One Nation

Tuesday, May 16, 2006

HOW MANY border guards would it take to make the U.S.-Mexican border impenetrable? The answer -- like the answer to an older question, "How many policemen would it take to enforce Prohibition?" -- is: It depends. It depends on how much money people are willing to spend and how many trappings of a police state they're willing to accept. With billions of dollars more invested in electric fences, guns, workplace raids, roadblocks and national identity cards, illegal immigration could be slowed, though not halted, under current immigration laws.

On the other hand, if those underlying laws were altered to reflect economic reality -- that people cross the border because American employers want to hire them and that they will continue to do so as long as there are jobs -- then stricter enforcement might succeed. Grant temporary visas that allow workers to come and go; permit those who are here to regularize their status after paying taxes and a fine, learning English, and waiting their turn; improve the immigration bureaucracy to cope with larger numbers of visa and green-card applications. Then stricter border controls would have a chance.

Does President Bush understand that equation? In his speech last night, he dwelled first on enforcement, the preferred tactic of the grass roots of his party. He called, reasonably, for better technology, tamper-proof identity cards for legal immigrants, more rapid deportation of captured illegal immigrants and more funding for local officials. Less reasonably, he also promised to deploy the National Guard, which he already has overtaxed and under-supported.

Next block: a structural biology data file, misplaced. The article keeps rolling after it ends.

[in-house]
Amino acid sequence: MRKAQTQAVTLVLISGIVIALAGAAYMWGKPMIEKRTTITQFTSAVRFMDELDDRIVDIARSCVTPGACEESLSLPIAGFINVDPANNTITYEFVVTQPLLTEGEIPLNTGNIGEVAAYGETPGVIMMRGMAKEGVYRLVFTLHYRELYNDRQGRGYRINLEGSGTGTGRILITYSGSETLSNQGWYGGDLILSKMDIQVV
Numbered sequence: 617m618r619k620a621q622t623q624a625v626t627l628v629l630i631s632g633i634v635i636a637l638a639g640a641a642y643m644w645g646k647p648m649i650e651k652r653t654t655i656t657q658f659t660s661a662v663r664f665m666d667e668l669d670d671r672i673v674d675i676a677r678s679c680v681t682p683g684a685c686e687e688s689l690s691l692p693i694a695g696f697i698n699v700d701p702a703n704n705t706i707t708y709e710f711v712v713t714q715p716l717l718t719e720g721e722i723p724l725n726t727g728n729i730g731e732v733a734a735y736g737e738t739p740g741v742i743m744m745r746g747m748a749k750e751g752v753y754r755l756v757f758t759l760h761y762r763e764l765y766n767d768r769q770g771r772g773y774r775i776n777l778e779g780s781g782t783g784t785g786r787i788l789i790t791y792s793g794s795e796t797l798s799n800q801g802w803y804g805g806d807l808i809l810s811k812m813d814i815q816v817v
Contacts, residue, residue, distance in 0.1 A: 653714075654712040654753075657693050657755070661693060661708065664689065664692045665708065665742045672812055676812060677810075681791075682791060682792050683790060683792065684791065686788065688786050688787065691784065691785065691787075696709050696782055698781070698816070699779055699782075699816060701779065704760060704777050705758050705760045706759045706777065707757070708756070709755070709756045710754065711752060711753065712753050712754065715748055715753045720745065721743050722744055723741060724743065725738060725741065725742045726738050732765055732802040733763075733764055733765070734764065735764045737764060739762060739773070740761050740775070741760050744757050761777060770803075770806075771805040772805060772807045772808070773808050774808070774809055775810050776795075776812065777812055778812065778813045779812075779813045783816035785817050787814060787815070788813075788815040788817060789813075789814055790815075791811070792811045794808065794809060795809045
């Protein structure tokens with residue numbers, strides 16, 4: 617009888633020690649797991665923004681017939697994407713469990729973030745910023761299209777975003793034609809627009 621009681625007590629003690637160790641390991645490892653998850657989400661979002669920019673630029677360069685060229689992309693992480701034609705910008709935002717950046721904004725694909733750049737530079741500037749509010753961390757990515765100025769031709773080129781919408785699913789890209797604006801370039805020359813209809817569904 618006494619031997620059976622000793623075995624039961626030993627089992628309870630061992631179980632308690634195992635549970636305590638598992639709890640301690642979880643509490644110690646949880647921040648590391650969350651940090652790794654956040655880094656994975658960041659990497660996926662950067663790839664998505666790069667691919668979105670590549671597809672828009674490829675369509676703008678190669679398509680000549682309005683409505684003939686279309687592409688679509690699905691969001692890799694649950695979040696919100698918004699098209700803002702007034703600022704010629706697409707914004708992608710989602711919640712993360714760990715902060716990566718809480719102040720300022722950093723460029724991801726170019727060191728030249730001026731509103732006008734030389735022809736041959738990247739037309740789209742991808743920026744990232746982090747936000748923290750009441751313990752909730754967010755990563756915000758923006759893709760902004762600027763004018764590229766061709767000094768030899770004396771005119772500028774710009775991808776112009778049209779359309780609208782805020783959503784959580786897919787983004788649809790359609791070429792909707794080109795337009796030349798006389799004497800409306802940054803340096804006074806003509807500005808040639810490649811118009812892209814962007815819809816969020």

But for the first time in such a setting, the president stated eloquently that enforcement is not sufficient. He insisted on "comprehensive" reform, which he said must include a temporary visa program and a route to legality for the undocumented immigrants who are here -- what he called a "rational middle ground" between amnesty and deportation. This matters: At the moment there is an immigration bill on the Senate floor that contains some of the elements needed for a qualitative change in U.S. immigration policy. But the House has passed a bill that would effectively criminalize all of the estimated 12 million illegal immigrants in this country, while offering none of the reforms needed to make enforcement work.

Mr. Bush will have to push hard to achieve legislation closer to the Senate vision. He responded weakly when the House passed its draconian measure; he may not have the political strength now to resist it. But last night was a good start. "Our new immigrants are just what they've always been: people willing to risk everything for the dream of freedom," the president said. "We honor the heritage of all who come here, no matter where they come from, because we trust in our country's genius for making us all Americans, one nation under God." Well said; now the president will have to persuade his party to share in that trust.

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